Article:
Chief Ojukwu: It was a war of emancipation, emancipation of my people, the Ibos from continued marginalization. The inequality existing at the time was such that the Iboâ€™s needed to resist and it was this, which prompted me to take up the mantle of leadership. It was to eradicate what I felt was a grossly inappropriate situation. The war which broke out in 1967 lasted for about three years. It was a struggle of independence from Nigeria. For me it was an opportunity to offer the best for the Ibo people, and allow Nigeria see the best of my people. Finally, the war was caused by certain people I have mentioned in the past, one of which is the former Nigerian Head of State General Yakubu Gowon, who used it as a weapon of rationalising the coup dâ€™Ã©tat.
The Voice: What lessons are there for Nigeria?
Chief Ojukwu: War is never the solution to a crisis, and Nigeria, today can progressively unite the existing factions and further strengthen relations through discourse which is a powerful unifying force. Nigeria can and should mend and build bridges across divides and seek to maintain peace. Personally, I have contributed in shaping the path of Nigeria through my desire to ensure equality at all levels. Nigeria must reconstruct and restructure all available avenues to assist its people in continually moving the country forward. Finally we need to look beyond tribes and people.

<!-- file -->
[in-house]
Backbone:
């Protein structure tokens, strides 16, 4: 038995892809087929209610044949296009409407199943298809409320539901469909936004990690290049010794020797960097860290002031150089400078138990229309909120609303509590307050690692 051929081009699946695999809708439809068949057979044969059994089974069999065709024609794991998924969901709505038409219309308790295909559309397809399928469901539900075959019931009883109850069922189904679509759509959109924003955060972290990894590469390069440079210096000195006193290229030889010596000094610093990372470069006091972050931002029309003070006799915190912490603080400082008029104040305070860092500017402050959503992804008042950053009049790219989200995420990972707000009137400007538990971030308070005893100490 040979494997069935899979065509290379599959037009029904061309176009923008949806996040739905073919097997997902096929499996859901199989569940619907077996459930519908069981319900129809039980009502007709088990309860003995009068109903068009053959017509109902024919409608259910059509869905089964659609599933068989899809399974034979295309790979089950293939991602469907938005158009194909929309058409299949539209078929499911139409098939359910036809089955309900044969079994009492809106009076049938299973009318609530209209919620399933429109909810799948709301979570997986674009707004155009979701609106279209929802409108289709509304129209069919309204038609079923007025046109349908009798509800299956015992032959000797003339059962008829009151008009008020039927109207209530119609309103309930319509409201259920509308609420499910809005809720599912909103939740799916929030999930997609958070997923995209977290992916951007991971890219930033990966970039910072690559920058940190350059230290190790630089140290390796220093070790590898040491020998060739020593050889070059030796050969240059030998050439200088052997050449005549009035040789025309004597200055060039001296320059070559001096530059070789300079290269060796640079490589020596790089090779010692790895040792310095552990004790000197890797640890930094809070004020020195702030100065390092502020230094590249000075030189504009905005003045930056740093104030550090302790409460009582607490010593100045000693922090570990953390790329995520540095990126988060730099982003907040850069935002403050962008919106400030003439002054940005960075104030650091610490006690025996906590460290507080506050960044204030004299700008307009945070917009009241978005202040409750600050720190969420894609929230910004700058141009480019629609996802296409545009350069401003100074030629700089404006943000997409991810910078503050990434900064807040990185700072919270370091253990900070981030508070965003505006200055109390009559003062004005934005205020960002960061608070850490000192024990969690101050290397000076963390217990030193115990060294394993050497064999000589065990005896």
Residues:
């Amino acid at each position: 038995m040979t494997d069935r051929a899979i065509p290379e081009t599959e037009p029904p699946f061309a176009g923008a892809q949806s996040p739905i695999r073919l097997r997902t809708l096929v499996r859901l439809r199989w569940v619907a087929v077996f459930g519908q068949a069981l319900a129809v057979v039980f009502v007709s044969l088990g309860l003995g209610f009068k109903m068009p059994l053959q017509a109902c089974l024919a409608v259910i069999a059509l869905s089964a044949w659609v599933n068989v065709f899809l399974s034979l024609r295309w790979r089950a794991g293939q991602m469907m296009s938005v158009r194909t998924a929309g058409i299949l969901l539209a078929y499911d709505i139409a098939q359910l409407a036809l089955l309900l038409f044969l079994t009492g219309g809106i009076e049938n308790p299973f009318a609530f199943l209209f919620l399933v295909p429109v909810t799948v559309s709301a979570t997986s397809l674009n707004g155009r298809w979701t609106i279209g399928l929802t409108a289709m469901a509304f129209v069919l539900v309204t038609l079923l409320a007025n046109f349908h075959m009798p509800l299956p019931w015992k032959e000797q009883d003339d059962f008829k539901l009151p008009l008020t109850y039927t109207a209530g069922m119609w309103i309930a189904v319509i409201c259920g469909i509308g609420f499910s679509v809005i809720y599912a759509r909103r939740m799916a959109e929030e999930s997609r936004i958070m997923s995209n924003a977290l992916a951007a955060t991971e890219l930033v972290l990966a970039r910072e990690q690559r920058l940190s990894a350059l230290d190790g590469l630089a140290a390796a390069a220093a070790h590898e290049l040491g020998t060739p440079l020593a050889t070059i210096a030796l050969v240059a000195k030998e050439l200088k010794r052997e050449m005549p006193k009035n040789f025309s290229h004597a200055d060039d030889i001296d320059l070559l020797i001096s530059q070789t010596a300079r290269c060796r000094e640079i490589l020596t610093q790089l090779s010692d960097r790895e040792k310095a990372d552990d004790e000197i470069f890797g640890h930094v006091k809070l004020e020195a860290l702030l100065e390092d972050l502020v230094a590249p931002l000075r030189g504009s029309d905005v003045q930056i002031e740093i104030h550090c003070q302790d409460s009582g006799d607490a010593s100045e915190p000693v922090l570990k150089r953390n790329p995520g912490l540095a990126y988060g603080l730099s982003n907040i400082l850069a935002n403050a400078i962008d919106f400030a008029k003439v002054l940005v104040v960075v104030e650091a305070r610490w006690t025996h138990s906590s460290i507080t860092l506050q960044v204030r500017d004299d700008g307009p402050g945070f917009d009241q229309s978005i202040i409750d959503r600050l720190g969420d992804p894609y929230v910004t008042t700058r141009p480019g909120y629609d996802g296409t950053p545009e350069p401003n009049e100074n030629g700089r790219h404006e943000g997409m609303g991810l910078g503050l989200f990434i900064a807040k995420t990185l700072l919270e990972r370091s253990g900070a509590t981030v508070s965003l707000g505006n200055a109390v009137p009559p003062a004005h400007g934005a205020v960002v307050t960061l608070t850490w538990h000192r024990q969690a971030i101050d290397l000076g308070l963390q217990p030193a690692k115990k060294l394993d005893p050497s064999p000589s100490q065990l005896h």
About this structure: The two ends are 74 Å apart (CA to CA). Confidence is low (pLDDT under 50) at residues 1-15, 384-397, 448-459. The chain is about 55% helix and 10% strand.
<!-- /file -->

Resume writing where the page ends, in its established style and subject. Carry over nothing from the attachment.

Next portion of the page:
The Voice: Are you grooming a new leader to take up the mantle of leadership?
Chief Ojukwu: Groom anyone; I donâ€™t believe in that. No one groomed me. I saw what I felt was an unfair situation at the time. All I had was the courage to stand up and fight for a change. That was the only option at the time.
The Voice: Will Nigeria stay united or survive?
Chief Ojukwu: Yes! Nigeria will stay united; it is evident in our everyday life today. I believe I helped chart this course, a process that began with the Biafran war forty one years ago. Today, Nigerians can co-exist, maintain peace and justice.
The Voice: What are your thoughts on the United States President- elect, Barack Obama?
Chief Ojukwu: Ever since I heard the news this morning I have been soaring because this is a major accomplishment, for the entire black race. I am glad it happened in my lifetime, it simply says, nothing is impossible. Anyone can achieve what ever he sets his mind on. Besides, this should be an eye opener for every one, particularly Africans that the sky is the limit and there are no impossibilities. Nigerians and Africans can achieve the impossible. Nothing is impossible.
The Voice: What does his election mean for Africa?